City discusses traffic light options at 51st and Oak with neighbors, UMKC

The traffic light just a half block from 51st and Oak is one the city says is not warranted under federal regulations. Traffic engineers last night met with UMKC and neighbors, who expressed concern for student safety if the traffic light is removed.

The city’s public works department is gathering input into the proposed removal of traffic lights across town. Last night, the city met with neighbors to discuss changes in the 4th council district, including one light at 51st and Oak Street slated for removal.

The meetings come after protests from both residents and the city council last year. City staff began preparing to remove traffic signals, saying they were not justified under federal regulations. But after a public outcry, the council told staff to slow down the process and get citizen input before removing the lights.

A meeting last night offered residents a chance to comment on proposed removals at six intersections: 51st and Oak; 59th and Wornall; 63th and State Line; Gregory and Main; Meyer and Main; and Meyer and Oak.

Public works department spokesman Sean Demory explained that the city uses the Manual on Uniform Traffic Control Devices (MUTCD) as a guideline for installing and maintaining traffic signals. While that document does not show the need for 144 of the city’s 648 traffic lights, the city has various options for replacing the lights, including:

  • No traffic control
  • Yield signs
  • Two-way stop
  • Four-way stop
  • Overhead flashing beacons
  • Traffic signals

One of the lights the city says is not warranted under MUTCD is near 51st and Oak, in between the UMKC Administration Building and a university parking lot. (The light is currently mid-block, not exactly at the intersection of 51st and Oak). City traffic engineer Wei Sun said the intersection has been studied, and not enough people cross the street there to justify the light. But UMKC Associate Vice Chancellor Robert Simmons told the traffic planners the university has major concerns about the removal of the light.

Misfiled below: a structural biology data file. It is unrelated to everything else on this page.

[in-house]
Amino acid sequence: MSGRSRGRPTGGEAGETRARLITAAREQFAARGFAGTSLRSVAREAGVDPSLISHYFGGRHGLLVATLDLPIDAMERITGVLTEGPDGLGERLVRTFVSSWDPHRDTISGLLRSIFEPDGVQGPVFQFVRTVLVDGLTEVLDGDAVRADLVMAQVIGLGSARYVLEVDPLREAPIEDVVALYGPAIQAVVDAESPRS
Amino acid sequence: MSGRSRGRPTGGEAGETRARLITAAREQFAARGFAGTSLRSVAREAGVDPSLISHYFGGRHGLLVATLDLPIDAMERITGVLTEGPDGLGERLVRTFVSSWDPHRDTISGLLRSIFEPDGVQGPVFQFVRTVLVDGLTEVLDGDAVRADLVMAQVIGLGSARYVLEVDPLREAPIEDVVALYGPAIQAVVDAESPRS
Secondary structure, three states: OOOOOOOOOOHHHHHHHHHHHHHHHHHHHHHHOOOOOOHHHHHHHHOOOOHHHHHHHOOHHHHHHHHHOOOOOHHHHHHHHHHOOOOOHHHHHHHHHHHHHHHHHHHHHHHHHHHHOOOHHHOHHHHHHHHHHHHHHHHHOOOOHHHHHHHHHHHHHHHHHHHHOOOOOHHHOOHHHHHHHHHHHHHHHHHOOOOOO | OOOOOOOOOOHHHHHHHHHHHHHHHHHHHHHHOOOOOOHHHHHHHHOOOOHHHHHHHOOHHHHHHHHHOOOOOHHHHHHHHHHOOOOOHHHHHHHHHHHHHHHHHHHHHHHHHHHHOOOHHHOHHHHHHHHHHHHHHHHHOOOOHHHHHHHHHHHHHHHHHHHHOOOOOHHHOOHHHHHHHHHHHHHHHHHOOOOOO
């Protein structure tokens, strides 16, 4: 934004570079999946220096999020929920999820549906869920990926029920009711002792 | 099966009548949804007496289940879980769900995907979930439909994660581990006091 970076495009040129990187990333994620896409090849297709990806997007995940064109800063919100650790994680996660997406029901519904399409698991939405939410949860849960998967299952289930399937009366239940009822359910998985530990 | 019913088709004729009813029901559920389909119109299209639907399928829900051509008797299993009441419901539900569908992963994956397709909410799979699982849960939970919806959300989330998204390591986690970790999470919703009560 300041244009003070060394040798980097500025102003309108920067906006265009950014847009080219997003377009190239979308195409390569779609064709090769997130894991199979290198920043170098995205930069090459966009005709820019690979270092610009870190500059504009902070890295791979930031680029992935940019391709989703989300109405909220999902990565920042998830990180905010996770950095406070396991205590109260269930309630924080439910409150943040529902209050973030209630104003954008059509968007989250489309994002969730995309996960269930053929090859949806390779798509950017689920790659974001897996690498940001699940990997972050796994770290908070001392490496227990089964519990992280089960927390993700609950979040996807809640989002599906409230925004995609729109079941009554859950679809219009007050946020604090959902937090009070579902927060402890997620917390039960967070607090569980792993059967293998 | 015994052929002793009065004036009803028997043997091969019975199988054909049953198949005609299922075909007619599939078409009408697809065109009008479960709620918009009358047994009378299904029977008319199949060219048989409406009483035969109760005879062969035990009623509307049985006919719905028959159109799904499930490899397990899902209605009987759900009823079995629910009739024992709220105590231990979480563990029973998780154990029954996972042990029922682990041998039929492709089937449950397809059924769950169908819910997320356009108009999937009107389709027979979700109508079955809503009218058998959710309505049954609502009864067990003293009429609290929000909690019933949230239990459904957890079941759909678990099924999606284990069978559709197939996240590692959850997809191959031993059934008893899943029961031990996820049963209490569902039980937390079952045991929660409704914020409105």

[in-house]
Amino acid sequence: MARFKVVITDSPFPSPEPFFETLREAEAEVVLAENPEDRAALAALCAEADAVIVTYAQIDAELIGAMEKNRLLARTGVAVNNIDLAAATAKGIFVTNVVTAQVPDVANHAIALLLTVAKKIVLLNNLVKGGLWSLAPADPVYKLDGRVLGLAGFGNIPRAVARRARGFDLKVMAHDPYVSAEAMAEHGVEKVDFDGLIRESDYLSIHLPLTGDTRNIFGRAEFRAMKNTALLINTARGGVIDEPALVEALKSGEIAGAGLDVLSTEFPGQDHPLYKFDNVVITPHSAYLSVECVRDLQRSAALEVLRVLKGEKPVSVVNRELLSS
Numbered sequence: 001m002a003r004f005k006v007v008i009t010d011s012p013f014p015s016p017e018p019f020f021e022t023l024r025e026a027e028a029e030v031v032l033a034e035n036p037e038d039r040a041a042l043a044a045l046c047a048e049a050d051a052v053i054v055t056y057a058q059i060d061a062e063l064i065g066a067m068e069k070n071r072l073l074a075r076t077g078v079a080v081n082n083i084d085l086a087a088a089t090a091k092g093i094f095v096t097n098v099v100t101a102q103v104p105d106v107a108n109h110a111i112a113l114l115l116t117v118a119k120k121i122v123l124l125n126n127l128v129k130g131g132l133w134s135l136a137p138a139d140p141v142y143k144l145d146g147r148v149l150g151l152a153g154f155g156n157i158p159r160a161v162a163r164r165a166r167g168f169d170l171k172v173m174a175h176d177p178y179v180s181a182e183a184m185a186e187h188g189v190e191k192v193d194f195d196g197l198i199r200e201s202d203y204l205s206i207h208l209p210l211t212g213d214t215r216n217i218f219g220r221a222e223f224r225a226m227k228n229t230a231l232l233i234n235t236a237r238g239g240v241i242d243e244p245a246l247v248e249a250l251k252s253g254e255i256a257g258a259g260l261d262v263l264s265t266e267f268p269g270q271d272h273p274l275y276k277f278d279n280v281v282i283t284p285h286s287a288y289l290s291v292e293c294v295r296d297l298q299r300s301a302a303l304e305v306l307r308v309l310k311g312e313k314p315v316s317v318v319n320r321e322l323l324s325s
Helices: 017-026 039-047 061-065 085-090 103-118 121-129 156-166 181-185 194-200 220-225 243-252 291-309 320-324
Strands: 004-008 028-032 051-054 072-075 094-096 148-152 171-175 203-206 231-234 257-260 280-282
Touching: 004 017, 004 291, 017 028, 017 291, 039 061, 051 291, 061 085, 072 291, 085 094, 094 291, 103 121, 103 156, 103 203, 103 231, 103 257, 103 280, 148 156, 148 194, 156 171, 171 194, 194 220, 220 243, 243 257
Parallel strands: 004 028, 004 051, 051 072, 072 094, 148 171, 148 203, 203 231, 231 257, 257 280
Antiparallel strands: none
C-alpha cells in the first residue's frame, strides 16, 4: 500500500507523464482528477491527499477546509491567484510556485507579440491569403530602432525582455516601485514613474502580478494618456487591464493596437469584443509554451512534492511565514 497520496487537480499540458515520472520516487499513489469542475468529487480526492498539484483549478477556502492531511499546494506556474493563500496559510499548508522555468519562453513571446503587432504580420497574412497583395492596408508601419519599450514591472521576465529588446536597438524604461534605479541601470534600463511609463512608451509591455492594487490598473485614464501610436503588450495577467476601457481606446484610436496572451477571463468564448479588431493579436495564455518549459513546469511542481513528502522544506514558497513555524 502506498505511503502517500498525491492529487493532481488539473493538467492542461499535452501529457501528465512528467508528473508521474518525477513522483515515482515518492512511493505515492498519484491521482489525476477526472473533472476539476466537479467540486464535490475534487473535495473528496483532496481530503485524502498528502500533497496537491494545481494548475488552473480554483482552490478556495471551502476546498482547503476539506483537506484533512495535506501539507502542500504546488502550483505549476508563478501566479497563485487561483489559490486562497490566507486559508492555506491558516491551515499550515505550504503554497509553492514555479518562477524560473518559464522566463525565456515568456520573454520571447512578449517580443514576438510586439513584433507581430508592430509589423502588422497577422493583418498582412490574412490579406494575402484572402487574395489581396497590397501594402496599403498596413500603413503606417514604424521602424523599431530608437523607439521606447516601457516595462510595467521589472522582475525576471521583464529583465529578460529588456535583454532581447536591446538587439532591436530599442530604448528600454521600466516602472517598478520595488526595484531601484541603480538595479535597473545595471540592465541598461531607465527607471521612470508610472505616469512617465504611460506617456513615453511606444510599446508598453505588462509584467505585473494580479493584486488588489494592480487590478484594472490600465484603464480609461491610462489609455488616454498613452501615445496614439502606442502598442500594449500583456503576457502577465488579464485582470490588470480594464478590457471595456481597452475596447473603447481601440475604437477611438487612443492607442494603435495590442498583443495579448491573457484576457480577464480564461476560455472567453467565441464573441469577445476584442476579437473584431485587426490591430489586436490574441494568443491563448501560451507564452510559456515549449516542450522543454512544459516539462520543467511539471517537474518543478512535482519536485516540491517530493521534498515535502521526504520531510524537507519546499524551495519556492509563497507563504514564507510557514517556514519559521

Simmons asked the city to suspend action until its clear whether a Whole Foods store will be built at 51st and Oak. If the grocery moves forward, the city says a light at 51st and Oak, near the current light, would be warranted. If Whole Foods does not move forward, Simmons said the university would like to discuss other options for ensuring students can safely cross the street. Residents of the South Plaza neighborhood echoed concerns for student safety.

Residents also expressed concerns about traffic lights slated for removal at all of the remaining intersections. They pointed out areas where students cross streets to get to schools and asked that the city give equal weight to neighborhood quality of life and traffic flow.

“Wornall is not an expressway, its a neighborhood street,” Vangie Rich said.

Demory said five additional meetings have been scheduled around the city. His department will continue to study traffic counts and what options are available. He said the engineers would go out with residents to get their perspective on the issues removing lights could cause.

He said residents will be notified of scheduled changes by mail and through the city website.


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